A lot of literature was also written during the Renaissance period on grape growing and wine production, favouring a more scientific approach, and can be considered as the origin of modern ampellography.

Grapes followed European colonies around the world, coming to North America around the 1600s, and to Africa, South America and Australia. In North America it formed hybrids with native species from the Vitis genus; some of these were intentional hybrids created to combat phylloxera, an insect pest which affected the European grapevine to a much greater extent than North American ones and in fact managed to devastate European wine production in a matter of years. Later, North American rootstocks became widely used to graft V. vinifera cultivars so as to withstand the presence of phylloxera.

In the second half of the twentieth century there was a shift in attitude in viticulture from traditional techniques to the scientific method based on fields such as microbiology, chemistry and ampelography. This change came about also due to changes in economic and cultural aspects and in the way of life and in the consumption habits of wide sectors of the population starting to demand quality products.

Nature magazine has published the genome sequence of V. vinifera. This work was the result of collaboration between Italian researchers (Consorzio Interuniversitario Nazionale per la Biologia Molecolare delle Piante, Istituto di Genomica Applicata) and French researchers (Genoscopemarker e Institut National de la Recherche Agronomique). Vitis venifera is the fourth angiosperm species whose genome has been completely sequenced. The results of this analysis contribute significantly to understanding the evolution of plants over time and of the genes involved in the aromatic characteristics of wine.

In March 2007, scientists from Australia's CSIRO working in the Cooperative Research Centre for Viticulture reported that they found that "extremely rare and independent mutations in two genes [VvMYBA1 and VvMYBA2] [of red grapes] produced a single white grapevine that was the parent of almost all of the world's white grape varieties. If only one gene had been mutated, most grapes would still be red and we would not have the more than 3000 white grape cultivars available today."


Use of grapes is known to date back to Neolithic times, following the discovery in 1996 of 7,000 year-old wine storage jars in present-day northern Iranmarker. Further evidence shows the Mesopotamians and Ancient Egyptians had vine plantations and winemaking skills. Greek philosophers praised the healing powers of grapes both whole and in the form of wine. Vitis vinifera cultivation and winemaking in Chinamarker began during the Han Dynasty in the second century with the importation of the species from Ta-Yuan. However, wild vine "mountain grapes" like Vitis thunbergii were being used for wine making before that time.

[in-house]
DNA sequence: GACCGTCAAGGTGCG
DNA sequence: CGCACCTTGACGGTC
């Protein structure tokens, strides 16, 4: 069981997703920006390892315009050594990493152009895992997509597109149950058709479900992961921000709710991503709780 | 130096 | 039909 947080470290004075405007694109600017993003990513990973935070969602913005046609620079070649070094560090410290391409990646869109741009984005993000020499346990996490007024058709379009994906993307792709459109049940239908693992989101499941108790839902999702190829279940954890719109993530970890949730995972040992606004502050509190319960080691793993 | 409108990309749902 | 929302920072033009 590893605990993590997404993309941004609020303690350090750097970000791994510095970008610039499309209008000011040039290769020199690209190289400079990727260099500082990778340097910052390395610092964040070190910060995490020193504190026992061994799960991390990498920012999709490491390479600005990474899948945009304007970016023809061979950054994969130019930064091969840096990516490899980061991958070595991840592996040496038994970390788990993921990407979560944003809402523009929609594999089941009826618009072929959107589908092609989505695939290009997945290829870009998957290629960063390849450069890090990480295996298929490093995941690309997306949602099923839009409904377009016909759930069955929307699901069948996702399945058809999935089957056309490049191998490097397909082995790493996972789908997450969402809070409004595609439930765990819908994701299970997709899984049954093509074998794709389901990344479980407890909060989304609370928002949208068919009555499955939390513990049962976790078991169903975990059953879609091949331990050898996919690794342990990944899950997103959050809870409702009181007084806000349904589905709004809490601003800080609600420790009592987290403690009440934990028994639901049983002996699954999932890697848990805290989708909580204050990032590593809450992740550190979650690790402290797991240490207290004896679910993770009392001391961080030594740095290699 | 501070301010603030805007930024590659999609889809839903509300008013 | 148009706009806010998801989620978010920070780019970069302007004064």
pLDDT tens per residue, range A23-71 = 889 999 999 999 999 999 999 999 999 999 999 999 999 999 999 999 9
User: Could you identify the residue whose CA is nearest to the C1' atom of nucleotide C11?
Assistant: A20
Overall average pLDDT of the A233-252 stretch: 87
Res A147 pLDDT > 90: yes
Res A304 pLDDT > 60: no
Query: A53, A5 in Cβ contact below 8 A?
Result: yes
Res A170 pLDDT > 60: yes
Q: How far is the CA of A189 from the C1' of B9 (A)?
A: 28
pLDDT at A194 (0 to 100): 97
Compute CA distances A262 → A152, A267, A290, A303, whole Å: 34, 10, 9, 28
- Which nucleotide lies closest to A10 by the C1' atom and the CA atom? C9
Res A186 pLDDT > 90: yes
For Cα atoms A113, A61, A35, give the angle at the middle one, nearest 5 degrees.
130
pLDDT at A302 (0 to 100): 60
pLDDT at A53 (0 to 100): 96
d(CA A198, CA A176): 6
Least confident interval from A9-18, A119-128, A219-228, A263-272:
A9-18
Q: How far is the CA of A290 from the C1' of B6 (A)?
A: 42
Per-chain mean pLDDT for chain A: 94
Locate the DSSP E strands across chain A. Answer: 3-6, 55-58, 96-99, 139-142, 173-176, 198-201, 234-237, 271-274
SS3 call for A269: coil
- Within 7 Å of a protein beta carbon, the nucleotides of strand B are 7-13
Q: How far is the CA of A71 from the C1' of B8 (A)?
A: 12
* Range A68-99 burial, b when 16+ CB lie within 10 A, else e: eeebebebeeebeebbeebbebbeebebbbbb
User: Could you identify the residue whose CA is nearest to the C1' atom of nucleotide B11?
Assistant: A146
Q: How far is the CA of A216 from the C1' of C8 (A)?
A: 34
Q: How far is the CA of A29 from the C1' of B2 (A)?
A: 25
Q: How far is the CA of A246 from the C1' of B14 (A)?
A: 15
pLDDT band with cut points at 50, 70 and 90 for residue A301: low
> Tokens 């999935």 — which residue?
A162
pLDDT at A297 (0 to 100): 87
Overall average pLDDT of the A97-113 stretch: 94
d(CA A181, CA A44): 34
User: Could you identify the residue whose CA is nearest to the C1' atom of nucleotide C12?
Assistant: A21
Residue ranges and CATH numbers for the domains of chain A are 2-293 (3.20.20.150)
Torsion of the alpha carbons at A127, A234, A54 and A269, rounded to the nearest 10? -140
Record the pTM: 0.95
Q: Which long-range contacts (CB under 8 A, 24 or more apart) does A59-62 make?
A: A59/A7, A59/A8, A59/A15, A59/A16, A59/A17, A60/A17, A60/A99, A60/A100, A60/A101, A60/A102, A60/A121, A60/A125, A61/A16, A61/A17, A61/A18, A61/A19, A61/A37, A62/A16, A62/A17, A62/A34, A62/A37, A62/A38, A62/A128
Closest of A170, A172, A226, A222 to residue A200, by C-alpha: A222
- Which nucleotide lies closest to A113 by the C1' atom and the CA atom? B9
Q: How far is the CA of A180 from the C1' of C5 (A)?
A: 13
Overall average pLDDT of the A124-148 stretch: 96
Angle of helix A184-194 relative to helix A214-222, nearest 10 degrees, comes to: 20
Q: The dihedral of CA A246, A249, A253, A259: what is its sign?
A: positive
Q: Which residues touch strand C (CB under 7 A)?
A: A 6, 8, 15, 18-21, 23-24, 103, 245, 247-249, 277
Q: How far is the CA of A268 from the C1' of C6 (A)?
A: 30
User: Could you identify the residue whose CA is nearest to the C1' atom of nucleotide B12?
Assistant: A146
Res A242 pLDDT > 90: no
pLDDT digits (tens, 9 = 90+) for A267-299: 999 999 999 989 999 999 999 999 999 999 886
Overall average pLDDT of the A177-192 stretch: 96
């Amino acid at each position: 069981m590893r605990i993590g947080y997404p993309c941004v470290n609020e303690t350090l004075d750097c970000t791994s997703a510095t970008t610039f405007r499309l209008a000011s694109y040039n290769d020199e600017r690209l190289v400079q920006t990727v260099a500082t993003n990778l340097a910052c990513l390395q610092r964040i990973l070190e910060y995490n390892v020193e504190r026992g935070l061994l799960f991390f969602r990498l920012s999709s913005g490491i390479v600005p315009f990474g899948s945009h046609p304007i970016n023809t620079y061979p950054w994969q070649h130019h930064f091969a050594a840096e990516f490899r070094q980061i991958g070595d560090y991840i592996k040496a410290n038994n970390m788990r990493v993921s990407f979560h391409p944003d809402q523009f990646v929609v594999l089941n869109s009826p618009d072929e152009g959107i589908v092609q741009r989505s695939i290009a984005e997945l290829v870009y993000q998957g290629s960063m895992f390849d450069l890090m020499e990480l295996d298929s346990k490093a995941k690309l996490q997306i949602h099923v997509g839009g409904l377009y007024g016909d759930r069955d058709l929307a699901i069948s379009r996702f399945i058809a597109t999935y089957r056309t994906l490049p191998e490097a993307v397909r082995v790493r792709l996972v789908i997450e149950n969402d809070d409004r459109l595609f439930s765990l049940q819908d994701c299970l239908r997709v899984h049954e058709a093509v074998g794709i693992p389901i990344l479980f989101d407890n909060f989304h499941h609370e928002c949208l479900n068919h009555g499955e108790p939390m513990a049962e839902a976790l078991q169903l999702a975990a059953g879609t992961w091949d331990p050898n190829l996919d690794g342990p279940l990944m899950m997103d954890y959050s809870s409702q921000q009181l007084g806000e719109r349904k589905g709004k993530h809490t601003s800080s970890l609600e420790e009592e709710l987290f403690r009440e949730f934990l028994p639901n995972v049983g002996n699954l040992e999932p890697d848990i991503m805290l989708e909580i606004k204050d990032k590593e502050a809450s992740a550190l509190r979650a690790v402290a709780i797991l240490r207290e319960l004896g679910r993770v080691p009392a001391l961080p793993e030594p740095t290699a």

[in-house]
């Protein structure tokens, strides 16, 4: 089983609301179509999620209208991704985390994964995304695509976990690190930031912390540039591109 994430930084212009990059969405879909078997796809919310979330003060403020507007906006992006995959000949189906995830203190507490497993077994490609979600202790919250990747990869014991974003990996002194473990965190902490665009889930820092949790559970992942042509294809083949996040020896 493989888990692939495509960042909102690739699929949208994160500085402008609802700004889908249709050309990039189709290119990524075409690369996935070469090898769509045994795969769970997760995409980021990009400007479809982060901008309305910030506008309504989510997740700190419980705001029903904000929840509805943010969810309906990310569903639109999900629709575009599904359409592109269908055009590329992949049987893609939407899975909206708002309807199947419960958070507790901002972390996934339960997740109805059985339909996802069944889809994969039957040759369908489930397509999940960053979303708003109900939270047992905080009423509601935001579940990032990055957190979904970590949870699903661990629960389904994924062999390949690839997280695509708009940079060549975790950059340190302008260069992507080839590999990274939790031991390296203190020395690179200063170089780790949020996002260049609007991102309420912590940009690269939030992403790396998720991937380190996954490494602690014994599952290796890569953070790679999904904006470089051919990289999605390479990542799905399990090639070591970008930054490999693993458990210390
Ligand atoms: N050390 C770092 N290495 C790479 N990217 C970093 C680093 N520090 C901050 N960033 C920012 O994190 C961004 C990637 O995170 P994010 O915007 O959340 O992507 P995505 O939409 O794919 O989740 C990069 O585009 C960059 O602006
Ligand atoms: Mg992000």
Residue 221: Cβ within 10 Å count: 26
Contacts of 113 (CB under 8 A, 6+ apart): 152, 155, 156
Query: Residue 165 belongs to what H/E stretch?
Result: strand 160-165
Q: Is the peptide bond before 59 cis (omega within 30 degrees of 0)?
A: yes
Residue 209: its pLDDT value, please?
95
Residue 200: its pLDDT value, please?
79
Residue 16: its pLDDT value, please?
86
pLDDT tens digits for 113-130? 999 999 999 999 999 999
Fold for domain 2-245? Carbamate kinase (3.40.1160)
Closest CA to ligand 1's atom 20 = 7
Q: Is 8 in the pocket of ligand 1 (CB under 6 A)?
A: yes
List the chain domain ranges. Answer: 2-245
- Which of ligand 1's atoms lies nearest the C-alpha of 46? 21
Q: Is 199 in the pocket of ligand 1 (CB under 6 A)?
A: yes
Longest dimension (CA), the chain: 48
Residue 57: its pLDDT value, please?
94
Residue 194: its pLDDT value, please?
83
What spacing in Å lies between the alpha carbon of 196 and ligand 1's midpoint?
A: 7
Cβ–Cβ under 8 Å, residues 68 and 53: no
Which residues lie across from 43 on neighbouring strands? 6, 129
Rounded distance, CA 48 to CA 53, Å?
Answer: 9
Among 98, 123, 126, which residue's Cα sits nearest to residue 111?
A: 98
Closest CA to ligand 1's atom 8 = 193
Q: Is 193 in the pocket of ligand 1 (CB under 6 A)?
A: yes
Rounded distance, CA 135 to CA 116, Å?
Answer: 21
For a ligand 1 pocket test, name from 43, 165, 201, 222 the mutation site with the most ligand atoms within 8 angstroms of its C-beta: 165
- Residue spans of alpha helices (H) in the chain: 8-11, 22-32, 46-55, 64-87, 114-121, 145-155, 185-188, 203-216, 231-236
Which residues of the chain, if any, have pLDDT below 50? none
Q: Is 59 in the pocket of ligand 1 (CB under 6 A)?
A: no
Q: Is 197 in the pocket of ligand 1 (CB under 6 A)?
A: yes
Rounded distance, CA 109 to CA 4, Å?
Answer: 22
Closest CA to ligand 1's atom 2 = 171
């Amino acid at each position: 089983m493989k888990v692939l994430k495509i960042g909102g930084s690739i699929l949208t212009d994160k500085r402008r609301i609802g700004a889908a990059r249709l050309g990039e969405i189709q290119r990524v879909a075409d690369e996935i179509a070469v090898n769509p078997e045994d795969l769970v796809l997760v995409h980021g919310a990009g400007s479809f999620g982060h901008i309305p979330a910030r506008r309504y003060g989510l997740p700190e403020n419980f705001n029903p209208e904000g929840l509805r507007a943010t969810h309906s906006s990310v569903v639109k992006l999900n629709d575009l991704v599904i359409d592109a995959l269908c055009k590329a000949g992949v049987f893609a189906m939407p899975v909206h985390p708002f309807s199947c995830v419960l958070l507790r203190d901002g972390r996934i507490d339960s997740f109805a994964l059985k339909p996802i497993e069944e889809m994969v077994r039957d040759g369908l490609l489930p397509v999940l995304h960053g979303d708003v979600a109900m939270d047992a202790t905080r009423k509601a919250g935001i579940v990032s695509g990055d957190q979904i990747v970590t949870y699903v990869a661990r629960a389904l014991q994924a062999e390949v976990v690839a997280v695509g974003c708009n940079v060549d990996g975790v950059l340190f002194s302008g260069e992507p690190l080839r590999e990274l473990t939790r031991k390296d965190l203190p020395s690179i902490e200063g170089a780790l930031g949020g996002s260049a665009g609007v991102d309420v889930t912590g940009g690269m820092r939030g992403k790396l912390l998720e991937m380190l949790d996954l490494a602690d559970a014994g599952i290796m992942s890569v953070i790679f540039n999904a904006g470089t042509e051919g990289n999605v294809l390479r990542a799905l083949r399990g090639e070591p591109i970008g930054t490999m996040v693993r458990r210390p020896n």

Using the sap of grapevines, European folk healers sought to cure skin and eye diseases. Other historical uses include the leaves being used to stop bleeding, pain and inflammation of hemorrhoids. Unripe grapes were used for treating sore throats, and raisins were given as treatments for consumption (tuberculosis), constipation and thirst. Ripe grapes were used for the treatment of cancer, cholera, smallpox, nausea, skin and eye infections as well as kidney and liver diseases.

Seedless grape varieties were developed to appeal to consumers, but researchers are now discovering that many of the healthful properties of grapes may actually come from the seeds themselves, thanks to their enriched phytochemical content.

Grapevine leaves are filled with minced meat (such as lamb or beef), rice and onions in the making of Balkan traditional dolma.

A grapevine is depicted on the reverse of the Croatian 2 lipa coin, minted since 1993.

See also


  • Manzi Luigi, La viticoltura e l'enologia al tempo dei romani, Er. Botta, Roma 1883
  • Marescalchi Arturo, Dalmasso Giovanni, Storia della vite e del vino in Italia, 3 voll., Unione Italiana Vini, Milano 1931-33-37

  1. Euro+Med Plantbase Project: Vitis vinifera
  2. Walker, A. R., Lee, E., Bogs, J., McDavid, D. A. J., Thomas, M. R., & Robinson, S. P. (2007). White grapes arose through the mutation of two similar and adjacent regulatory genes. The Plant Journal 49 (5): 772-785. Abstract.
  3. Finding the white wine difference [1] accessed 2 March 2007
  4. Plocher, T; Rouse, G; Hart, M. (2003). Discovering Grapes and Wine in the Far North of China
  5. Eijkhoff, P. (2000). Wine in China; its history and contemporary developments.